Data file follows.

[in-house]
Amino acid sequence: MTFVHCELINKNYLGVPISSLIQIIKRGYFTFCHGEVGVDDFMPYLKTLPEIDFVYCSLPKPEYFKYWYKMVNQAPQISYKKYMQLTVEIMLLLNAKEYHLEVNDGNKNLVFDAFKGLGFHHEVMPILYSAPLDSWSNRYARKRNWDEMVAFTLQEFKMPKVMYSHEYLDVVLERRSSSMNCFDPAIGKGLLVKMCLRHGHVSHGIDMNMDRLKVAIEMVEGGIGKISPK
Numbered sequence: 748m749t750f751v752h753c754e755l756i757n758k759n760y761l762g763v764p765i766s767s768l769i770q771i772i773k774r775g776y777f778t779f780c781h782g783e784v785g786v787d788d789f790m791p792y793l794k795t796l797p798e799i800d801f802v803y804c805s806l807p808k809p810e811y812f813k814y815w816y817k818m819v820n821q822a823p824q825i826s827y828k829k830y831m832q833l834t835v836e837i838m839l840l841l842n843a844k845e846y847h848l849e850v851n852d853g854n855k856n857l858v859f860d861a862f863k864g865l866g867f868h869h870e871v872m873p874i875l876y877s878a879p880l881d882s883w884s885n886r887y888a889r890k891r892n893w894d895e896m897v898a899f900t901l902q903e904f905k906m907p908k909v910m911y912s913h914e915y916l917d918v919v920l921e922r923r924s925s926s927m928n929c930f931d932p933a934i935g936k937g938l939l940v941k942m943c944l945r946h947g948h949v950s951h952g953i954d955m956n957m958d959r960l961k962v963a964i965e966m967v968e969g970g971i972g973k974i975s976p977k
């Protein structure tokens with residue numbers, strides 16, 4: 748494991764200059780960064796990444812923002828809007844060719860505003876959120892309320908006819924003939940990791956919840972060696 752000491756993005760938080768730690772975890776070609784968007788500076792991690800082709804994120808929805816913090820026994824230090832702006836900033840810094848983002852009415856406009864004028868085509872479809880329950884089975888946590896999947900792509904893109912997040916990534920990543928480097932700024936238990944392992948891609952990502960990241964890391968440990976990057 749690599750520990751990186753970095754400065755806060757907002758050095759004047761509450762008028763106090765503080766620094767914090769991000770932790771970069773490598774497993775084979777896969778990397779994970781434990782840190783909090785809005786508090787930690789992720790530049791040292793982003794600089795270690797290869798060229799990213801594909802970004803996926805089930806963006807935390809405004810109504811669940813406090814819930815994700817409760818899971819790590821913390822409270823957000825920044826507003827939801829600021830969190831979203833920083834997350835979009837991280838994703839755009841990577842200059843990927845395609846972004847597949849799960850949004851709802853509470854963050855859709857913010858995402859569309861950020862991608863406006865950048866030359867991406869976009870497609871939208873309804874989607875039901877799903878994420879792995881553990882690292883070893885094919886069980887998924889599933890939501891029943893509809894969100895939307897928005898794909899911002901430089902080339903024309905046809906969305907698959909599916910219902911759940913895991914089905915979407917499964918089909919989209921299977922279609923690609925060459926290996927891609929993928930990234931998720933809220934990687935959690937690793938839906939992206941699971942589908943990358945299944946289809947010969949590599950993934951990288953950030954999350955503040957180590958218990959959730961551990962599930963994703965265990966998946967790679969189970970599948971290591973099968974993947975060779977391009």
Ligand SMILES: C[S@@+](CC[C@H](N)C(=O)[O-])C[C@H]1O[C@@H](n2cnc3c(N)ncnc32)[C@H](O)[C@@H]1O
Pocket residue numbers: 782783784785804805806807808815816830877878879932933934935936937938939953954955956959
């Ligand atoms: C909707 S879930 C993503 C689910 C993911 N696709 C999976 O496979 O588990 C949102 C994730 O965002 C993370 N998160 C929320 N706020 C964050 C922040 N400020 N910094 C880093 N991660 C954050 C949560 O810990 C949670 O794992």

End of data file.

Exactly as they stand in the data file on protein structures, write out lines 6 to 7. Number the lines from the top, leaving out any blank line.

Pocket residue numbers: 782783784785804805806807808815816830877878879932933934935936937938939953954955956959
């Ligand atoms: C909707 S879930 C993503 C689910 C993911 N696709 C999976 O496979 O588990 C949102 C994730 O965002 C993370 N998160 C929320 N706020 C964050 C922040 N400020 N910094 C880093 N991660 C954050 C949560 O810990 C949670 O794992």